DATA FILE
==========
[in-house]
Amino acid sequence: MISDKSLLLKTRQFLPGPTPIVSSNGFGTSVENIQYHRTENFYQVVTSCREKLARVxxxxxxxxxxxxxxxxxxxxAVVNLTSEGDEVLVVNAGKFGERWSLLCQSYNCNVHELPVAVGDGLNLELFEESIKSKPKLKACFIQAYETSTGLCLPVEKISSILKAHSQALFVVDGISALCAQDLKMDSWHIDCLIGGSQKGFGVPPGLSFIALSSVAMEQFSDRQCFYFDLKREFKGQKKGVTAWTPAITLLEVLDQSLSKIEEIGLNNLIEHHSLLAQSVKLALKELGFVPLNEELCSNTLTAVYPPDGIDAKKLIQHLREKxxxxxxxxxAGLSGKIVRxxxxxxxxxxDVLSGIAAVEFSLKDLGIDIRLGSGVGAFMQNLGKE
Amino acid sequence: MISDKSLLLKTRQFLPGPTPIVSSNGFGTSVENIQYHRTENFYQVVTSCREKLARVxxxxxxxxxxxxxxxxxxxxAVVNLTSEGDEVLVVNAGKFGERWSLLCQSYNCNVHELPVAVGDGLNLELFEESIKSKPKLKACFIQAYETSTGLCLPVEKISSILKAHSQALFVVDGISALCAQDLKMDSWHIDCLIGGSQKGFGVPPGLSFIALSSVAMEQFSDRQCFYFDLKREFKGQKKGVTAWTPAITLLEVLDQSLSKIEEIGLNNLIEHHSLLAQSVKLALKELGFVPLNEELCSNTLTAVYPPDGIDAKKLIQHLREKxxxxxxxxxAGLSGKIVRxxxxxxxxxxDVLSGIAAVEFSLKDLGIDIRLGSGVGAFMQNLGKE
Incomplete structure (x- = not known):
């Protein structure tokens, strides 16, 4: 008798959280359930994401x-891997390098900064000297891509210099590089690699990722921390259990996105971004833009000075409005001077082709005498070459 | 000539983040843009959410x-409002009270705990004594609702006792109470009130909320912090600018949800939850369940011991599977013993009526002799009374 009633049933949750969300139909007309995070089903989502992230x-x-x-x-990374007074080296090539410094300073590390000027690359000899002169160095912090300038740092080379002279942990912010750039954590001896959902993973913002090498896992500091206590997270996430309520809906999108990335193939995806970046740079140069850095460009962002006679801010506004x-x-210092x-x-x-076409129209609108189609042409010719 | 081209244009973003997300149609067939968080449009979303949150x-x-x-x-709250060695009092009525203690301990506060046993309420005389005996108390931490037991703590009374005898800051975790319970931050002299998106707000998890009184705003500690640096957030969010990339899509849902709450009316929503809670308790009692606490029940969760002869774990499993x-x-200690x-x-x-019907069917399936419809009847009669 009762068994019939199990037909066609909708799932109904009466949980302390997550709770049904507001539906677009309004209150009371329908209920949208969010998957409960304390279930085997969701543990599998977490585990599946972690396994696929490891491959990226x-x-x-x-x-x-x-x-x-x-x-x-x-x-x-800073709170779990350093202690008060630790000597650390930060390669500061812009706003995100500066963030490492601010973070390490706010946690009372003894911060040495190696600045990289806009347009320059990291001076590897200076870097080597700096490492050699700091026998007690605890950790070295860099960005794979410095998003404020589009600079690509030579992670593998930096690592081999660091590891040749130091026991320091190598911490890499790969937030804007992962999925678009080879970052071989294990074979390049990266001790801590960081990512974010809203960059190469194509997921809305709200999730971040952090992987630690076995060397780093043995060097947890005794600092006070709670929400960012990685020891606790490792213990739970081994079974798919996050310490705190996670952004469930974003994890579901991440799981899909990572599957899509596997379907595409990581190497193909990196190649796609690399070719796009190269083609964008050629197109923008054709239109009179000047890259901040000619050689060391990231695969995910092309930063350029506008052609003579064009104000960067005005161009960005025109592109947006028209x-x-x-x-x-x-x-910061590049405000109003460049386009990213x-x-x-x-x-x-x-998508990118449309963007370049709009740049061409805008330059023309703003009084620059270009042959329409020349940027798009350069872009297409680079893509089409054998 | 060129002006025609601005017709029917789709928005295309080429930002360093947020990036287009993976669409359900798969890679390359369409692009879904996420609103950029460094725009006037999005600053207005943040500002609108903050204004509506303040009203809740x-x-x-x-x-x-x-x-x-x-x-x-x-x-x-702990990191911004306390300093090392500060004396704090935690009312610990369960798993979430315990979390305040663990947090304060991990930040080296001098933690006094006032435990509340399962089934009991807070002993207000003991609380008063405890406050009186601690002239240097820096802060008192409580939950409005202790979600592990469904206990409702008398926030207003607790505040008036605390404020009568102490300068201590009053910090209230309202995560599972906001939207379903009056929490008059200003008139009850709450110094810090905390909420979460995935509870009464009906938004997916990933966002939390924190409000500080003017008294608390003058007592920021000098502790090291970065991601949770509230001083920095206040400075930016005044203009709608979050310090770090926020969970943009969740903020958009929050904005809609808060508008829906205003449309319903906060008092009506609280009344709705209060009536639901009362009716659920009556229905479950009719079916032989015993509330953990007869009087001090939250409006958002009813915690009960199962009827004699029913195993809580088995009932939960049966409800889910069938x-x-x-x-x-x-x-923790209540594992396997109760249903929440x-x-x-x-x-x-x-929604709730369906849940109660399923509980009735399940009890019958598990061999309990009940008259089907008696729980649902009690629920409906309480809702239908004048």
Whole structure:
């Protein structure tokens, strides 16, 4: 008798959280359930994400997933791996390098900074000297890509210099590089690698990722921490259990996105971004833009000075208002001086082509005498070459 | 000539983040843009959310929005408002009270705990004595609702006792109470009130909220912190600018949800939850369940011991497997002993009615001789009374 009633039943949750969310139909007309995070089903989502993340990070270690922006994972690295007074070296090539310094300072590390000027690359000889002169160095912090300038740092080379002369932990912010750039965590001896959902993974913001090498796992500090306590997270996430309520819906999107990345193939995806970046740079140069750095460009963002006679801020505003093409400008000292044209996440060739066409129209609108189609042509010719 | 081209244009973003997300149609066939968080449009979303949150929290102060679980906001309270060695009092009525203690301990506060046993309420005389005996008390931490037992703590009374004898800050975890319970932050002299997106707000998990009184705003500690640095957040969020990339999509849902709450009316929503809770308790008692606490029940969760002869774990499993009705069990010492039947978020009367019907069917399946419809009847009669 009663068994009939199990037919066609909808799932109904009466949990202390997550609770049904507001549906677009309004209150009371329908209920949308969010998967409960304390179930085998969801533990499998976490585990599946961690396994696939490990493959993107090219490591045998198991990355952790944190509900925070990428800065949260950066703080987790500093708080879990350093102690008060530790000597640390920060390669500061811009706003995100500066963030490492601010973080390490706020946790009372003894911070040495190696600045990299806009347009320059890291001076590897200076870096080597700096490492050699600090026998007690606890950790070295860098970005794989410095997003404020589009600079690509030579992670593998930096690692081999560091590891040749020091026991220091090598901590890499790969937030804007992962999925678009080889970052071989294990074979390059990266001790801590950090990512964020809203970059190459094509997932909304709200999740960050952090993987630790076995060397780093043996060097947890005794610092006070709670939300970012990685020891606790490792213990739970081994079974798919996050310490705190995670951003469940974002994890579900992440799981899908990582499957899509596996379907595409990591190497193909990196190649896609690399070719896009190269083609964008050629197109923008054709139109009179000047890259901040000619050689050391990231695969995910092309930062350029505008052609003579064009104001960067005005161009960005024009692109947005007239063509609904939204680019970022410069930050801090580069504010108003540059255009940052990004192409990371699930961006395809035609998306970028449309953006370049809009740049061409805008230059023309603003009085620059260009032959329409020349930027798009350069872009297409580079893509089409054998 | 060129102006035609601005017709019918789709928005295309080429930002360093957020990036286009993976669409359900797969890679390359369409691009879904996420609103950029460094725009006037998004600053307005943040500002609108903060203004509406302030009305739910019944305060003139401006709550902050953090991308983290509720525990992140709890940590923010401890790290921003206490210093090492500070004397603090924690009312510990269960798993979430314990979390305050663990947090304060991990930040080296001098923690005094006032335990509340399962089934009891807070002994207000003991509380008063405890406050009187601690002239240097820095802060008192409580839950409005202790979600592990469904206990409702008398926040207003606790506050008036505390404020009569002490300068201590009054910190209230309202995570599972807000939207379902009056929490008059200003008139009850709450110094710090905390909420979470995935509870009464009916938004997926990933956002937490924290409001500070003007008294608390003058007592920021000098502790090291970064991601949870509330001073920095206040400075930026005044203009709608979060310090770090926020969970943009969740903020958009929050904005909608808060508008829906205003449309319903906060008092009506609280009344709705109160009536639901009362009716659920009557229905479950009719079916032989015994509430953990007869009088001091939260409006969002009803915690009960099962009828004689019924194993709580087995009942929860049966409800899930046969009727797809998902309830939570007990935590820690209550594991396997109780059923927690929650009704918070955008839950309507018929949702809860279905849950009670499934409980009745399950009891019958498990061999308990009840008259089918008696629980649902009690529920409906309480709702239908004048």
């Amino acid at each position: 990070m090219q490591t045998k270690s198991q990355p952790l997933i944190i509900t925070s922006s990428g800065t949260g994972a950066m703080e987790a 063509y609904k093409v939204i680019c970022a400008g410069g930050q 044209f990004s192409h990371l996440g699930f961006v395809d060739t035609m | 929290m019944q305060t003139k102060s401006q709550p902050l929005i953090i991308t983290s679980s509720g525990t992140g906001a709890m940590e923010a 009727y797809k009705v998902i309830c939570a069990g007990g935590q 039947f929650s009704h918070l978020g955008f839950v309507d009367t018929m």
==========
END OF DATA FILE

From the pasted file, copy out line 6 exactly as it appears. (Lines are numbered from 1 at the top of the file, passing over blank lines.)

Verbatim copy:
Whole structure: